by Deborah Swift
|Jan Steen - Peasants Before an Inn|
"There is no place in the world where passengers may so freely command, as in the English inns, and are attended for themselves and their horses as well as if they were home and perhaps better, each servant being ready at call, in hope of a small reward in the morning. Neither did I ever see inns so well furnished with household stuff" Fynes Moryson 1617*
In the seventeenth century, the coaching inn, sometimes called a coaching house or staging inn, was a vital hub of travel anywhere in England. Coaching inns were used to stable and feed the teams of horses necessary for stagecoaches and mail coaches, always having a fresh team ready so that travellers could soon be on their way again. Traditionally, inns were seven miles apart, but obviously in rural areas they could be few and far between, whereas in the city, and on popular routes, they would be far closer together. The stagecoach developed for fare-paying passengers, whereas previously, the coach was the personal conveyance of aristocrats and the gentry. The first ever stagecoach route, from Edinburgh to Leith, began in 1610.
Road conditions were generally terrible (see this post on the state of the roads in rthe 17thC)) and because the countryside was unmarked a traveller would sometimes hire a guide "one guide will serve the whole company, though many ride together, may easily bring back the horses, driving them before him, who knows a way as well as a beggar knows his dish"
|Painiting by Frank Moss Bennett|
In other words, sometimes the guide would drive extra horses with the party, so they could be changed, and then he would return the ‘used’ horses to the previous staging post. The most rapid way to travel then was by means of post-horses, relays of which stood ready at fixed stages. The authorities had fixed the cost of post-horse hire at 2 1/2d a mile with sixpence for a mounted post boy who brought back the hired horse. From stage to stage, ten miles an hour was not uncommon. When the roads were in good condition and you were provided with fresh horses, anything from seven to more than a hundred miles could be accomplished in one day. This why when people ask how long it takes to travel from a to b in the 17th century, the answers can be so variable.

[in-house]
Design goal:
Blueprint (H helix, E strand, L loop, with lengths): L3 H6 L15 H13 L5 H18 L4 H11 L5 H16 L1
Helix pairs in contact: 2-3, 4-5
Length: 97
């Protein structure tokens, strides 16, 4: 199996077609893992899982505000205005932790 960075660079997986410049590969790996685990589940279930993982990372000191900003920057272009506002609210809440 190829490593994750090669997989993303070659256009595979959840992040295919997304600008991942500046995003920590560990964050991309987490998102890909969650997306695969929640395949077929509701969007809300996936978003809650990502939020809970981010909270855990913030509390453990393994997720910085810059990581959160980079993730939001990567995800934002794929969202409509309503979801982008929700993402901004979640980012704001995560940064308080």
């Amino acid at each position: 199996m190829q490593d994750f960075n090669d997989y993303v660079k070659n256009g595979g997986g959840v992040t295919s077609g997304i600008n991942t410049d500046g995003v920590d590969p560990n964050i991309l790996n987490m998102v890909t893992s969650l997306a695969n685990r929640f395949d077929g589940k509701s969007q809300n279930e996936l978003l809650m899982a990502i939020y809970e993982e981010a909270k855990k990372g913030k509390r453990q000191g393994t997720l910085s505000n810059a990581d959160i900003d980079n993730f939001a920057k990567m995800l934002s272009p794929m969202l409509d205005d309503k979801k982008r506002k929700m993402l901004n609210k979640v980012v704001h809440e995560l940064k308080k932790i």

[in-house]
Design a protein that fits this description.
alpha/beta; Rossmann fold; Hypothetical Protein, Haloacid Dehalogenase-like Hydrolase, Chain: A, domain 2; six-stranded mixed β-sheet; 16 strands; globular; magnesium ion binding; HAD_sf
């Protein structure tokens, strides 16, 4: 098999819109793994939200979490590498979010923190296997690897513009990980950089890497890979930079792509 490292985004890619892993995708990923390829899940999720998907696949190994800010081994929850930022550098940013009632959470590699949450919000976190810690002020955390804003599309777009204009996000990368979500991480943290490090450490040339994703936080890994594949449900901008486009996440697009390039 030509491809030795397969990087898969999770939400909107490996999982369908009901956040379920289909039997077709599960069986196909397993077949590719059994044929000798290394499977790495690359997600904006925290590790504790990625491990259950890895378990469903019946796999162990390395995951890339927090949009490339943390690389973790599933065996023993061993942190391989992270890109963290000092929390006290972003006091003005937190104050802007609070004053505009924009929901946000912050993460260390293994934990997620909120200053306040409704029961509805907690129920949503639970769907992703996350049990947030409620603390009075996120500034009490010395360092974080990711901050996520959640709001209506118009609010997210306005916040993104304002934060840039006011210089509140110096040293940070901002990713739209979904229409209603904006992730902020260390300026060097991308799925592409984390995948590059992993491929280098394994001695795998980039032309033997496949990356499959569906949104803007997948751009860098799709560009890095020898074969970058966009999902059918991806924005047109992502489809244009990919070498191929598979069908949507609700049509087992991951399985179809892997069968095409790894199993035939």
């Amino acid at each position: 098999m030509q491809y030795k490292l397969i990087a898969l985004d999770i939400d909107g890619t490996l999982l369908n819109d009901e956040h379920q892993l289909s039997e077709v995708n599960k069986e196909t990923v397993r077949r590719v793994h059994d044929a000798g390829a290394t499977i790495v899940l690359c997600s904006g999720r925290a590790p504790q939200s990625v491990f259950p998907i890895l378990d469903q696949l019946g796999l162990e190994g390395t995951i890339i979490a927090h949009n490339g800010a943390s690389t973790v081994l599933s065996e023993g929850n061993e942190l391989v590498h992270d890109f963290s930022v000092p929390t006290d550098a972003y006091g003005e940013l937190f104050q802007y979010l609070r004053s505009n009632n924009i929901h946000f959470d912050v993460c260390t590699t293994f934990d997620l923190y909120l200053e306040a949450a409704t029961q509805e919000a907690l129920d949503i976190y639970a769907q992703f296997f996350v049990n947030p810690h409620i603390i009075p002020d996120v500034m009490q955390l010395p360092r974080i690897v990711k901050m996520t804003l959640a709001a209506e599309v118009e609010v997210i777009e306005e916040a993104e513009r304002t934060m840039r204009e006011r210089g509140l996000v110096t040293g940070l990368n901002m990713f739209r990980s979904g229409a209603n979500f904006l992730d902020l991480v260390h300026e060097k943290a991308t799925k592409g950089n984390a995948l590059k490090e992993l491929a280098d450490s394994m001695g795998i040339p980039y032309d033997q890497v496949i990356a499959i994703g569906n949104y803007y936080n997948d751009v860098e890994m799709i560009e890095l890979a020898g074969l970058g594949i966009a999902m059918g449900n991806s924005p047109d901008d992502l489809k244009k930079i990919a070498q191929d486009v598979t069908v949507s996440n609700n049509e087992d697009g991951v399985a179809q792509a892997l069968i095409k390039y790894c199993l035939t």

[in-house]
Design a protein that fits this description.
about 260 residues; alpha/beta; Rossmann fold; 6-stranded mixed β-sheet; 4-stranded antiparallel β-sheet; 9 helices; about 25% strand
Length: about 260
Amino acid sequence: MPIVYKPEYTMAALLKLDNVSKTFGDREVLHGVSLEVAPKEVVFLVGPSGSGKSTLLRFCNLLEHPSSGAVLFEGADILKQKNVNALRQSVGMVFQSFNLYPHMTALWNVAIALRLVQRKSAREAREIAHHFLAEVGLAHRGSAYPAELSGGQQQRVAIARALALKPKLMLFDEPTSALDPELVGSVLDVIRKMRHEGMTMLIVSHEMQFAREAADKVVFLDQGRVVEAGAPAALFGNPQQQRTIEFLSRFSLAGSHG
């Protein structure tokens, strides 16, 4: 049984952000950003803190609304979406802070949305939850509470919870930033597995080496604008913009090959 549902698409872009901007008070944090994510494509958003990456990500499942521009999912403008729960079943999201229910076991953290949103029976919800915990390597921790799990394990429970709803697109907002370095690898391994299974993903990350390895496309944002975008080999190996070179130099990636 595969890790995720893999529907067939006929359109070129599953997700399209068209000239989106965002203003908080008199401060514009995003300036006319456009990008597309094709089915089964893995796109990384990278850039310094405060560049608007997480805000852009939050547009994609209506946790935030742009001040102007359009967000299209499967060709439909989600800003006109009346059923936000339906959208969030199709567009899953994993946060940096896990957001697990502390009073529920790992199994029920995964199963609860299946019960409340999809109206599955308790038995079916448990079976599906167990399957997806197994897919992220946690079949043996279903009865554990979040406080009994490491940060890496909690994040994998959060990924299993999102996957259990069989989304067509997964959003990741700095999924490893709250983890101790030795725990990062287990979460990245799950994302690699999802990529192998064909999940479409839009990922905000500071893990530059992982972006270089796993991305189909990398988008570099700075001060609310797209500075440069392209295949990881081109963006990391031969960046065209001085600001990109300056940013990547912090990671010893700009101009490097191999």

|Bath Stagecoach map|
In 1639 Captain Bailey, formally a sea captain, erected a hackney coach stand near the Maypole in the Strand. This new idea was the equivalent of our taxi service. Seeing its success, other coach drivers soon flocked to the same place so that;
‘sometimes there is 20 of them together, which disperse up and down, that they and others are to be had everywhere, as watermen are to be had by the waterside. Everybody is much pleased with it all; whereas before coaches could not be had but at great rates; now a man may have one much cheaper.’ Letter from Mr Garrard to Wentworth, London 1639
Travellers depended on the inns if they were going on a long journey, whether they were in a coach or the newly invented hackney carriage the horses still needed to rest. Some towns, such as Barnet in Hertfordshire, on The Great North Road, boasted as many as ten staging inns and the competition between them was intense, not only for the income from the stagecoach operators, but because of the profit made by charging passengers for accommodation and food.
|the old White Hart Inn, Southwark|
London was very well supplied with inns, and at the beginning of the 17th century the largest, most famous one was the White Hart in Southwark. It had been established in the medieval period and is even mentioned by Shakespeare in Henry VI, Part II as the headquarters of the rebels of the Kentish rebellion. It also became one of the many famous stage posts in the days of Charles Dickens. Unfortunately it was demolished and rebuilt in the Victorian era.
Walking was the cheapest and most common means of travel, though it was safer on horseback or in a coach. Hounslow Heath and Shooters Hill near Blackheath were notorious places for highway thieves, so after a day travelling on terrible roads and in fear for your life, the inn was no doubt a very welcome sight.